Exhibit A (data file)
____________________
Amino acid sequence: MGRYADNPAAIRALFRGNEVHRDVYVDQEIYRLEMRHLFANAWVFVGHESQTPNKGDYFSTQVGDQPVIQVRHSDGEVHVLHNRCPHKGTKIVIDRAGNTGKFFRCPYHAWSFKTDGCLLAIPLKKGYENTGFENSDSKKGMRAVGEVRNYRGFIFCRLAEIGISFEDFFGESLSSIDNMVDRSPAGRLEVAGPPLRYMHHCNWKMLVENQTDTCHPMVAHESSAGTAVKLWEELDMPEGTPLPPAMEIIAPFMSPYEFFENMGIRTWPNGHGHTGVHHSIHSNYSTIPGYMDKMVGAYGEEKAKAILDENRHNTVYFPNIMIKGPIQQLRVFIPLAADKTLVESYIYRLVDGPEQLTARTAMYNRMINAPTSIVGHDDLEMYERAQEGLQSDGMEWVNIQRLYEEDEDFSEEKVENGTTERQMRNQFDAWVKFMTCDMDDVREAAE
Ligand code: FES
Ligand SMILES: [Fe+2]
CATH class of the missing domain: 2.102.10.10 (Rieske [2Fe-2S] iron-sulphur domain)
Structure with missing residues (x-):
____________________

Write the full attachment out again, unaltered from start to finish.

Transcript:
Amino acid sequence: MGRYADNPAAIRALFRGNEVHRDVYVDQEIYRLEMRHLFANAWVFVGHESQTPNKGDYFSTQVGDQPVIQVRHSDGEVHVLHNRCPHKGTKIVIDRAGNTGKFFRCPYHAWSFKTDGCLLAIPLKKGYENTGFENSDSKKGMRAVGEVRNYRGFIFCRLAEIGISFEDFFGESLSSIDNMVDRSPAGRLEVAGPPLRYMHHCNWKMLVENQTDTCHPMVAHESSAGTAVKLWEELDMPEGTPLPPAMEIIAPFMSPYEFFENMGIRTWPNGHGHTGVHHSIHSNYSTIPGYMDKMVGAYGEEKAKAILDENRHNTVYFPNIMIKGPIQQLRVFIPLAADKTLVESYIYRLVDGPEQLTARTAMYNRMINAPTSIVGHDDLEMYERAQEGLQSDGMEWVNIQRLYEEDEDFSEEKVENGTTERQMRNQFDAWVKFMTCDMDDVREAAE
Ligand code: FES
Ligand SMILES: [Fe+2]
CATH class of the missing domain: 2.102.10.10 (Rieske [2Fe-2S] iron-sulphur domain)
Structure with missing residues (x-):